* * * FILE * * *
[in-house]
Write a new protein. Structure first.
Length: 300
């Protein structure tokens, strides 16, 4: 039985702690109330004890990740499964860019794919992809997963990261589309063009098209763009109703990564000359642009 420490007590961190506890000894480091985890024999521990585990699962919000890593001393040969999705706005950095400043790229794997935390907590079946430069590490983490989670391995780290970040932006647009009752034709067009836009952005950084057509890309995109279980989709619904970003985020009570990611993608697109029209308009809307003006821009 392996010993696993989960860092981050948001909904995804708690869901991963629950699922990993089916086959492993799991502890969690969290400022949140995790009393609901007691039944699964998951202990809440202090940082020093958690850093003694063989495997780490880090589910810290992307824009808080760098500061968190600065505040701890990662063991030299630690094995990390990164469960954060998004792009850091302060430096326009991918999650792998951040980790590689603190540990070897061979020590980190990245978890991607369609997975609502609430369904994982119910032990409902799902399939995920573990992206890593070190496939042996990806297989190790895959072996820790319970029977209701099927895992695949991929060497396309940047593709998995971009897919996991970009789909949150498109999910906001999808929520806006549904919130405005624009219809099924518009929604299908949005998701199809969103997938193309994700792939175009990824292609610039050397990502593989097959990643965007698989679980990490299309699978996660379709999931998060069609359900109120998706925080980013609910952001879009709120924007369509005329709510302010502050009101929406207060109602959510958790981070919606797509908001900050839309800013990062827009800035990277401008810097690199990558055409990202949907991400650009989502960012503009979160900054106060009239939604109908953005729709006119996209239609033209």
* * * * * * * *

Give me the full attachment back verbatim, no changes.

[in-house]
Write a new protein. Structure first.
Length: 300
């Protein structure tokens, strides 16, 4: 039985702690109330004890990740499964860019794919992809997963990261589309063009098209763009109703990564000359642009 420490007590961190506890000894480091985890024999521990585990699962919000890593001393040969999705706005950095400043790229794997935390907590079946430069590490983490989670391995780290970040932006647009009752034709067009836009952005950084057509890309995109279980989709619904970003985020009570990611993608697109029209308009809307003006821009 392996010993696993989960860092981050948001909904995804708690869901991963629950699922990993089916086959492993799991502890969690969290400022949140995790009393609901007691039944699964998951202990809440202090940082020093958690850093003694063989495997780490880090589910810290992307824009808080760098500061968190600065505040701890990662063991030299630690094995990390990164469960954060998004792009850091302060430096326009991918999650792998951040980790590689603190540990070897061979020590980190990245978890991607369609997975609502609430369904994982119910032990409902799902399939995920573990992206890593070190496939042996990806297989190790895959072996820790319970029977209701099927895992695949991929060497396309940047593709998995971009897919996991970009789909949150498109999910906001999808929520806006549904919130405005624009219809099924518009929604299908949005998701199809969103997938193309994700792939175009990824292609610039050397990502593989097959990643965007698989679980990490299309699978996660379709999931998060069609359900109120998706925080980013609910952001879009709120924007369509005329709510302010502050009101929406207060109602959510958790981070919606797509908001900050839309800013990062827009800035990277401008810097690199990558055409990202949907991400650009989502960012503009979160900054106060009239939604109908953005729709006119996209239609033209």